This timballo is made in layers, like lasagna, but instead of pasta locals use scrippelle. And there is one other small difference; this timballo is made in a casserole dish rather than a lasagna pan. Using an ovenproof casserole dish, first put in a few spoons of sauce. The sauce can be a white béchamel sauce with fried artichokes (spinach or peas works well too), and scamorza cheese. Or, you can use your favorite red tomato and meat sauce. Alternate a layer of scrippelle with a layer of sauce. The top layer should be sauce sprinkled with a good grated Parmigiano Reggiano cheese.
In the Italian recipe it says to preheat your oven to 320 degrees F/160 degrees C and bake for about an hour until the flavors blend together and a slight crust forms on the top. You can probably get the same results with a 350 degree F/ 175 degree C oven and a cooking time of 25-30 minutes. What’s important is that the ingredients heat through and the sauce and the cheese are bubbling.
As for the French connection, the story goes back to the 16th century when the French ruled Abruzzo. It seems the French chef in charge of the officers' mess in the town of Teramo, used to serve his officers crepes instead of bread. He though they were more ‘attractive’ than the dark coarse breads that were common at that time.
As it happened, one day when Messer Enrico Castorani, the chef’s helper, was moving a heaping plate of crepes, they fell into the soup pot that was filled with hot chicken soup.
The chef didn’t know what to do. He decided to serve the crepes and the soup, and when he tasted the crepes in the soup, he found that it was a most delicious combination, and that, according to local legend, is how scrippelle in broth was created.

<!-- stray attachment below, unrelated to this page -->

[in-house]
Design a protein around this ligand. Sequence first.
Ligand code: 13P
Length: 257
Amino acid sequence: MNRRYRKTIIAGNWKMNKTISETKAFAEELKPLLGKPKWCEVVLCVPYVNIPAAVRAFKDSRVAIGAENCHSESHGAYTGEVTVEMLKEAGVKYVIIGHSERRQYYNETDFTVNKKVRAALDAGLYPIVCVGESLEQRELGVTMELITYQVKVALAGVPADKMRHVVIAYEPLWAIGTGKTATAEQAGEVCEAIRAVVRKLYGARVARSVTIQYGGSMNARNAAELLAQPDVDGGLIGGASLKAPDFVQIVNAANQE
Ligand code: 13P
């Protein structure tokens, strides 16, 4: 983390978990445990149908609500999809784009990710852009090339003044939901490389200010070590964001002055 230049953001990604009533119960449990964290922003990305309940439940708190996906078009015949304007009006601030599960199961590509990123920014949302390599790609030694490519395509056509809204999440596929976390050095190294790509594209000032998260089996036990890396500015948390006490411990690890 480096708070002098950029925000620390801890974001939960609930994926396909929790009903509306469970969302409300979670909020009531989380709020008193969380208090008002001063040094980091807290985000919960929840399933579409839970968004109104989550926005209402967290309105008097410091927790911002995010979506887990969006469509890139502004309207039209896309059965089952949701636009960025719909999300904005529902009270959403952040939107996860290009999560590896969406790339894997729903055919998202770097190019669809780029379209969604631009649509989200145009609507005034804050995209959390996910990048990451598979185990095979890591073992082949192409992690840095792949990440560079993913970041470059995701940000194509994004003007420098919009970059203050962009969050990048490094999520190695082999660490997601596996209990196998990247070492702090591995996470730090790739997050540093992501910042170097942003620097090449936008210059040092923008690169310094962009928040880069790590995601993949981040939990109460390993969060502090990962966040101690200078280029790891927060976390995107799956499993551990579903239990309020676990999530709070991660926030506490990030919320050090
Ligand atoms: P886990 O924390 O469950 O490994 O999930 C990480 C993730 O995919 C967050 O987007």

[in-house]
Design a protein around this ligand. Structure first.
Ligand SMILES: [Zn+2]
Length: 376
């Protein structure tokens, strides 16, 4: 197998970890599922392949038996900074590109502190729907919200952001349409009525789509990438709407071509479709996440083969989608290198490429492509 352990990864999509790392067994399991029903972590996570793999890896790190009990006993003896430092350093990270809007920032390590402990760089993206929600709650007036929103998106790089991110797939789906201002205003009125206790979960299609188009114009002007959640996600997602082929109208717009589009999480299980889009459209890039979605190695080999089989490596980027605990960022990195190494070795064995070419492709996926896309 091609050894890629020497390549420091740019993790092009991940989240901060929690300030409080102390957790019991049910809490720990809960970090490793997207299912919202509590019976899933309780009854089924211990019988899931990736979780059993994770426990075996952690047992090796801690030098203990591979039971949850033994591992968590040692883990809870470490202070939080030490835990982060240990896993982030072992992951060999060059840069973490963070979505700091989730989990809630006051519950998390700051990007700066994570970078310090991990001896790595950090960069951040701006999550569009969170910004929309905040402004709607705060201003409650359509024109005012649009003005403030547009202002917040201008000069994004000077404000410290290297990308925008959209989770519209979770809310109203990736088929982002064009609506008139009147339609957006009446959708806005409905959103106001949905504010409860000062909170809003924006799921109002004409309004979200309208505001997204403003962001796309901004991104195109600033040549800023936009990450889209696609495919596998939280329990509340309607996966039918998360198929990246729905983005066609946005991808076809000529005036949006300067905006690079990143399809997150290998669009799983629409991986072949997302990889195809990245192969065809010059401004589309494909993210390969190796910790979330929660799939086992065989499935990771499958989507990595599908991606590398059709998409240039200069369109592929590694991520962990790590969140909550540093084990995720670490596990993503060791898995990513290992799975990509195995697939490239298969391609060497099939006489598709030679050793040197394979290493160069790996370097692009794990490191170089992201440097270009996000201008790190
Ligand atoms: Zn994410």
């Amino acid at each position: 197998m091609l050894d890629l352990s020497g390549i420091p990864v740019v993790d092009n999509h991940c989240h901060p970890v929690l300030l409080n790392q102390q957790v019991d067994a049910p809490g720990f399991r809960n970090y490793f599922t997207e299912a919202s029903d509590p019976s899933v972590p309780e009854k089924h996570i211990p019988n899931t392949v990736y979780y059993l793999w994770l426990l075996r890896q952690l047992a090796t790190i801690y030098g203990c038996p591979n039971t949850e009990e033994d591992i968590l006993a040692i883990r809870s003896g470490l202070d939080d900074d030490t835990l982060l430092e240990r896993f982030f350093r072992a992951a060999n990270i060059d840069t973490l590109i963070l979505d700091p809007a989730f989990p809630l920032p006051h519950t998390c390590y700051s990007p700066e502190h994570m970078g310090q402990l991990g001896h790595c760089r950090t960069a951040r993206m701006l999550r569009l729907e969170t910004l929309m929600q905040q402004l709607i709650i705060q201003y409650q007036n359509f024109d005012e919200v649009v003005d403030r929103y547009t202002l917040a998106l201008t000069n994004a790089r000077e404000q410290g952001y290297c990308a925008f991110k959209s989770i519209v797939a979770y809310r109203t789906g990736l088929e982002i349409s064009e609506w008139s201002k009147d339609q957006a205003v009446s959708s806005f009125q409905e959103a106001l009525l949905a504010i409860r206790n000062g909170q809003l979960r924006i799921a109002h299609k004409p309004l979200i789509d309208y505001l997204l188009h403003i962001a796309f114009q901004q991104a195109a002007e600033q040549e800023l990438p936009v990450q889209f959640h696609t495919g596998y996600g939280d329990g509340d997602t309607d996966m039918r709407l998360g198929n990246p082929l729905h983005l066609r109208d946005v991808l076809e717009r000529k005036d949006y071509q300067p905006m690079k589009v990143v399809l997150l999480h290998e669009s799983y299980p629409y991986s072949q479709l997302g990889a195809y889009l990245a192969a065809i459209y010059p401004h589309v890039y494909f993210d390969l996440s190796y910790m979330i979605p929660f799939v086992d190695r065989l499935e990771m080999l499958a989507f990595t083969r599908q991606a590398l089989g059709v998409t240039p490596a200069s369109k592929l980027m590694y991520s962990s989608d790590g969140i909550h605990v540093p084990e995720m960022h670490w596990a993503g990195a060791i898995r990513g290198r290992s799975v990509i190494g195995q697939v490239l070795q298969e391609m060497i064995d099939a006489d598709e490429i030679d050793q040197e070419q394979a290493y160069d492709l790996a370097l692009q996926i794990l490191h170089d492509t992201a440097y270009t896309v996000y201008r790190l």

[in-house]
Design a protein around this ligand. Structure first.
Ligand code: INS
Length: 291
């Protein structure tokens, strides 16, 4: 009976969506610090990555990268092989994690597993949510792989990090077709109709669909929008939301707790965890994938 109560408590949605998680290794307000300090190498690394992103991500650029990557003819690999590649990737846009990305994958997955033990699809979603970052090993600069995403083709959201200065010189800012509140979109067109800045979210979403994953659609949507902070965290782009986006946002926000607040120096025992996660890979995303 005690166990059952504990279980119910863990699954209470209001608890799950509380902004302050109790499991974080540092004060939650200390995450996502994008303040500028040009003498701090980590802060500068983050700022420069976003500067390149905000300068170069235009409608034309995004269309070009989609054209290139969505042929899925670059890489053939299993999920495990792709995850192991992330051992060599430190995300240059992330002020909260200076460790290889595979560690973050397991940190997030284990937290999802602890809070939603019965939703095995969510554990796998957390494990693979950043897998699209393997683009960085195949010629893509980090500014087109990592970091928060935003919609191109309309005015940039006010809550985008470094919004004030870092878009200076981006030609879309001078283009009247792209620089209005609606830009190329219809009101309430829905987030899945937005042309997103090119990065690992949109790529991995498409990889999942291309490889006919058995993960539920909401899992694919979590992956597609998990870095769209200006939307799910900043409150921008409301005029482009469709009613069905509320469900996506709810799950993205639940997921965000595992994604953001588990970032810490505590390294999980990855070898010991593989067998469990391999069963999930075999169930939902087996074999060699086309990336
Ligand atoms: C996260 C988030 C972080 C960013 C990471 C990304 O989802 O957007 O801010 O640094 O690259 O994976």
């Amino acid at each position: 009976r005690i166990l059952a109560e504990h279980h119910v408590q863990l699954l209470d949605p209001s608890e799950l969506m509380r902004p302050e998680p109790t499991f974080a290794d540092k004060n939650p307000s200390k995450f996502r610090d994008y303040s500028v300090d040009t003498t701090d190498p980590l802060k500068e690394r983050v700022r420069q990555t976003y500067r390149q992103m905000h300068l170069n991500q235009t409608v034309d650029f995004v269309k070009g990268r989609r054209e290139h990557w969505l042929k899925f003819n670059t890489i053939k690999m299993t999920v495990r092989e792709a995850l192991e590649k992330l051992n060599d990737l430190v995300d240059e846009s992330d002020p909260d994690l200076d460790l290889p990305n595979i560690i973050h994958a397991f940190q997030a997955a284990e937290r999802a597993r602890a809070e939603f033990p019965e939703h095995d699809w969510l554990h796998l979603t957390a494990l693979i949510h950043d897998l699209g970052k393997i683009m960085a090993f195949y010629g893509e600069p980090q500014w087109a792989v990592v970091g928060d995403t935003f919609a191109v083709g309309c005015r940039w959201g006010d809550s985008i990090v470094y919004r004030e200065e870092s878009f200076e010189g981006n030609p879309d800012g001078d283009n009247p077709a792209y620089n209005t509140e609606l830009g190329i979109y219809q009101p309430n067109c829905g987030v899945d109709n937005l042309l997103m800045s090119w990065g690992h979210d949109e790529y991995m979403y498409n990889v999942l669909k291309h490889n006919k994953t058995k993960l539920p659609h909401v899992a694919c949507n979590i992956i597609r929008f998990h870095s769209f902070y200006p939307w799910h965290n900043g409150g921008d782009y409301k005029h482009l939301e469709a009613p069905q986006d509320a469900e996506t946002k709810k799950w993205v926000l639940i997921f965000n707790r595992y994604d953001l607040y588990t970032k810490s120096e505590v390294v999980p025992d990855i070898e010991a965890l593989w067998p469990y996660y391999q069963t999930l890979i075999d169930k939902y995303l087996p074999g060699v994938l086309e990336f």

A special thanks goes out to Debra Cardelli Cellucci for sharing her recipe with us. Thanks Debra.
21 June 2015
CHIAVARI, Italy – There is an instinctive quality, an innate ability to grasp the soul of an object that some product designers have. It is the secret ingredient that separates design leaders from design followers, and Battista Farina, better known as Pinin Farina, car designer extraordinaire, had this talent. He single handedly reinvented the concept of the auto, moving it from a square box on wheels to a thing of beauty.
In March 2002, Battista "Pinin" Farina was inducted into the European Automotive Hall of Fame in Geneva, Switzerland. He is in the company of other dedicated men who have made automotive history: Henry Ford; the Michelin brothers Andrè and Edouard; and the man who built the first practical high-compression engine with an ignition, Nikolaus Otto.
"The influence of Pinin Farina on the automotive industry,” wrote Rick Johnson, Editor of Automotive News Europe, “has been profound. Thanks to the combination of genius, courage and farsighted determination, men like Pinin Farina set the standard for the world of the car."